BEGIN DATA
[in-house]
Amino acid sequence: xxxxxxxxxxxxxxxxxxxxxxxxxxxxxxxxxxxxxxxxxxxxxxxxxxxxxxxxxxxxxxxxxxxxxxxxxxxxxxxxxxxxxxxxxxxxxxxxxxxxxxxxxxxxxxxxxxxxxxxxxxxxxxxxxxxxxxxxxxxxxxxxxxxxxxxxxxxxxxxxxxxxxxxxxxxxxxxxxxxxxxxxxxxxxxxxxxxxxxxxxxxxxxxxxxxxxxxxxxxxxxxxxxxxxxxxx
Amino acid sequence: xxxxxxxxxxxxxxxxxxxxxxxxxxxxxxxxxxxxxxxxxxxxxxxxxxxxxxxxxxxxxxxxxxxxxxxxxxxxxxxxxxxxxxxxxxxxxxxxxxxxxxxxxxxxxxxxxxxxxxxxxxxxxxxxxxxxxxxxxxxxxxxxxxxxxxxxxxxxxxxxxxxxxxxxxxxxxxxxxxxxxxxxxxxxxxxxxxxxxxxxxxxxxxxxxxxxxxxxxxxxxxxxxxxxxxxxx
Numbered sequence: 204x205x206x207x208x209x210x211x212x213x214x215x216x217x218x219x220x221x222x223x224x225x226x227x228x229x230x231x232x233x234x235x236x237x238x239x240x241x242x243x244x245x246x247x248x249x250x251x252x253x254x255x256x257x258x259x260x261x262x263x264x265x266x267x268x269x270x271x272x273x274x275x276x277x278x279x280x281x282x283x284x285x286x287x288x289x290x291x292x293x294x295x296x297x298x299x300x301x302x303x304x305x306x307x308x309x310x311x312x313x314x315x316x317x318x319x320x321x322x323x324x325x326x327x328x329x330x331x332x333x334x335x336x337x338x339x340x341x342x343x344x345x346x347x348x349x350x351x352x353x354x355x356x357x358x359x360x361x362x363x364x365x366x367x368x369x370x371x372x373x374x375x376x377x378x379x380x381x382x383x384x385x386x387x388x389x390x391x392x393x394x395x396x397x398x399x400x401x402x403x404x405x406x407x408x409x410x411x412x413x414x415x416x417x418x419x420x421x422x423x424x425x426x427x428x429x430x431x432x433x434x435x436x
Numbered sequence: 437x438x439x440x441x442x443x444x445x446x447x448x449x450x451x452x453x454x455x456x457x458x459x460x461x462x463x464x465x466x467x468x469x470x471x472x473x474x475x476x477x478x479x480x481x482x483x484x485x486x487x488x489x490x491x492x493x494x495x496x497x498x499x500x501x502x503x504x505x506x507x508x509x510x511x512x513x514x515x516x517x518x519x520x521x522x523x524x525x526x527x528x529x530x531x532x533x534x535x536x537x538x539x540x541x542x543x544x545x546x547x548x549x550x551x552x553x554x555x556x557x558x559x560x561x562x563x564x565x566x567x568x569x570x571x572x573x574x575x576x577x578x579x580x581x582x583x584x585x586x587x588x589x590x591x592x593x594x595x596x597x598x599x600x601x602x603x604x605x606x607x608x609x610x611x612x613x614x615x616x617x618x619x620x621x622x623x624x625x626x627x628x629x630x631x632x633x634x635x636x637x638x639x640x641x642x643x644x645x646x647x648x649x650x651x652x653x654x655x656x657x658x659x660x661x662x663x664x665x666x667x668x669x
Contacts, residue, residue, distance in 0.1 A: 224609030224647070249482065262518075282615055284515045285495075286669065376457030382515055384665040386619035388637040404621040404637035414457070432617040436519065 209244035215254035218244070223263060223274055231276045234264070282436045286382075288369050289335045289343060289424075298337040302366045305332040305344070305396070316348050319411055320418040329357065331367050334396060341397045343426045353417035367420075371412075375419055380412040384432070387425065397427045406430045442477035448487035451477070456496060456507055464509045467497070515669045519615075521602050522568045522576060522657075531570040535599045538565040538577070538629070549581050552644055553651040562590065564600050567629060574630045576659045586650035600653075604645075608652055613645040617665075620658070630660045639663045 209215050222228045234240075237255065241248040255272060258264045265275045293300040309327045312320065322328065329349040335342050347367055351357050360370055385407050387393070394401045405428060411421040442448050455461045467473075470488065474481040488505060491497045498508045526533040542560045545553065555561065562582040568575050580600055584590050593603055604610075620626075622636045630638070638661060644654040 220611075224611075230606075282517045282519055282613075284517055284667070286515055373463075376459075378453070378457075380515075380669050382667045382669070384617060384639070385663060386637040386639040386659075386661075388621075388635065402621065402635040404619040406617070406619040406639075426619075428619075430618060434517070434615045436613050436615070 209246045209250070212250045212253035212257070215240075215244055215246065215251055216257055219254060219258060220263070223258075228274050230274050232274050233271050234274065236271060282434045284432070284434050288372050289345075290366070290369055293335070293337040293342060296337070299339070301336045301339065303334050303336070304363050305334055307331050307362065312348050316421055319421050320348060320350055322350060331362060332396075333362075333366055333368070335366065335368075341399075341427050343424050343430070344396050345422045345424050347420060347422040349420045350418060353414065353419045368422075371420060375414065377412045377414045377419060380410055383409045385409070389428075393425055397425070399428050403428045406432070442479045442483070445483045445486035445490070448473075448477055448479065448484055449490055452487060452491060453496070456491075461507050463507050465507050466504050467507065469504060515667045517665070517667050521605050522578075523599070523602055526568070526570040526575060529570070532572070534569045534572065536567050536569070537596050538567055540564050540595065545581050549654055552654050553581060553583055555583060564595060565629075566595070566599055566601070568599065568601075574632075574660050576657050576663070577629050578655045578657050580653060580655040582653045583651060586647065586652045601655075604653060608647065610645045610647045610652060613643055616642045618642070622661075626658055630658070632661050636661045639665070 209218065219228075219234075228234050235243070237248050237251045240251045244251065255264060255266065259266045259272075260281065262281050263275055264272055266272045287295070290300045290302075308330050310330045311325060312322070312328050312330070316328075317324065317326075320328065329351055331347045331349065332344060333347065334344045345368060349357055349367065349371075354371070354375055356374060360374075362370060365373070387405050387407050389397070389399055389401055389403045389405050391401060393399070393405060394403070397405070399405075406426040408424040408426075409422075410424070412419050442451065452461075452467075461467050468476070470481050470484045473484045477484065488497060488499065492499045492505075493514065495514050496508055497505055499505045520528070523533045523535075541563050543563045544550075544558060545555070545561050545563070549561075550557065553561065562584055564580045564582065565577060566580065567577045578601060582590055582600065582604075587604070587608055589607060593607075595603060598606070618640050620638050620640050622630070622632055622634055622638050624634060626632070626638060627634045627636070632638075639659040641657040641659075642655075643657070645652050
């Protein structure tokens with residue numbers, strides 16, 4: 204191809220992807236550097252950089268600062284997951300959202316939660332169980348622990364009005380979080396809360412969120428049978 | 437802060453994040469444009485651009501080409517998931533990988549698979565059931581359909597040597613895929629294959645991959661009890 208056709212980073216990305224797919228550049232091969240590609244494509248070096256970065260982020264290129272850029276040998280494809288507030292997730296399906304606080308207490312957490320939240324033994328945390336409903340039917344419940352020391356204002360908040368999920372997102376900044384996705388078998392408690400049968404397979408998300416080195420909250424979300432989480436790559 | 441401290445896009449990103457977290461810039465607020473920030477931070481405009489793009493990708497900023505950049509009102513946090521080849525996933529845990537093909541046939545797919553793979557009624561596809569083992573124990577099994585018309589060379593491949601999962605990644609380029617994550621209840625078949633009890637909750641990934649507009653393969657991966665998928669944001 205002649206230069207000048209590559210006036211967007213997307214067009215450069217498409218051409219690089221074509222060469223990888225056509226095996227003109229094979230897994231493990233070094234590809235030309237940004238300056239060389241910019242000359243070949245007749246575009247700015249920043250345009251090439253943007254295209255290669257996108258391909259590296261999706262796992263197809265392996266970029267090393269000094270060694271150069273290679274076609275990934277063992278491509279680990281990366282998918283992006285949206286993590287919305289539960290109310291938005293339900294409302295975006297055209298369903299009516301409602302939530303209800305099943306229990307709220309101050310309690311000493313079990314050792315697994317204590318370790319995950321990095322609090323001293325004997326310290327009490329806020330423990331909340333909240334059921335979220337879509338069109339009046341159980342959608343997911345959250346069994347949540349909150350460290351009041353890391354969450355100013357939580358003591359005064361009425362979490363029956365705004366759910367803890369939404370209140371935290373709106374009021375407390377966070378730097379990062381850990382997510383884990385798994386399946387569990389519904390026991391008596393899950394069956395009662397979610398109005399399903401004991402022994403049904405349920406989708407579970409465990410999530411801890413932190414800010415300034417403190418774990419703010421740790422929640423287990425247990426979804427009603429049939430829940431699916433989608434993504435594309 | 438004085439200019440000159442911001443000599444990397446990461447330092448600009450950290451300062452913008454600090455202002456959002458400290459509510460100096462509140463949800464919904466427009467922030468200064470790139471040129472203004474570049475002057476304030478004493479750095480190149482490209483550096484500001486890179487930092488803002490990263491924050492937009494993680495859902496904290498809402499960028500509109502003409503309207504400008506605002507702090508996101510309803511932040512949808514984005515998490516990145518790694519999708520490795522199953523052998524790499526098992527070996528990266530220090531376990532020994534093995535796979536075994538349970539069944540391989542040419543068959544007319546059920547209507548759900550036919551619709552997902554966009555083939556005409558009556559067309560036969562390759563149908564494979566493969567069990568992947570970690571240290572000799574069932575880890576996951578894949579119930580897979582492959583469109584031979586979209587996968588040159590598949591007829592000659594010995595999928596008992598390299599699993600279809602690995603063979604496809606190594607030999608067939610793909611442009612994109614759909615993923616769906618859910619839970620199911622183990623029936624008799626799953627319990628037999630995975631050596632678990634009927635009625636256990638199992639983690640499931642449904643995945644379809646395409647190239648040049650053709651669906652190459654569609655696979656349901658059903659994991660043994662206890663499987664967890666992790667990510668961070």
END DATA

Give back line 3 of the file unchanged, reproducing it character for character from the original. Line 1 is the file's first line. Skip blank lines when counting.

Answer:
Amino acid sequence: xxxxxxxxxxxxxxxxxxxxxxxxxxxxxxxxxxxxxxxxxxxxxxxxxxxxxxxxxxxxxxxxxxxxxxxxxxxxxxxxxxxxxxxxxxxxxxxxxxxxxxxxxxxxxxxxxxxxxxxxxxxxxxxxxxxxxxxxxxxxxxxxxxxxxxxxxxxxxxxxxxxxxxxxxxxxxxxxxxxxxxxxxxxxxxxxxxxxxxxxxxxxxxxxxxxxxxxxxxxxxxxxxxxxxxxxx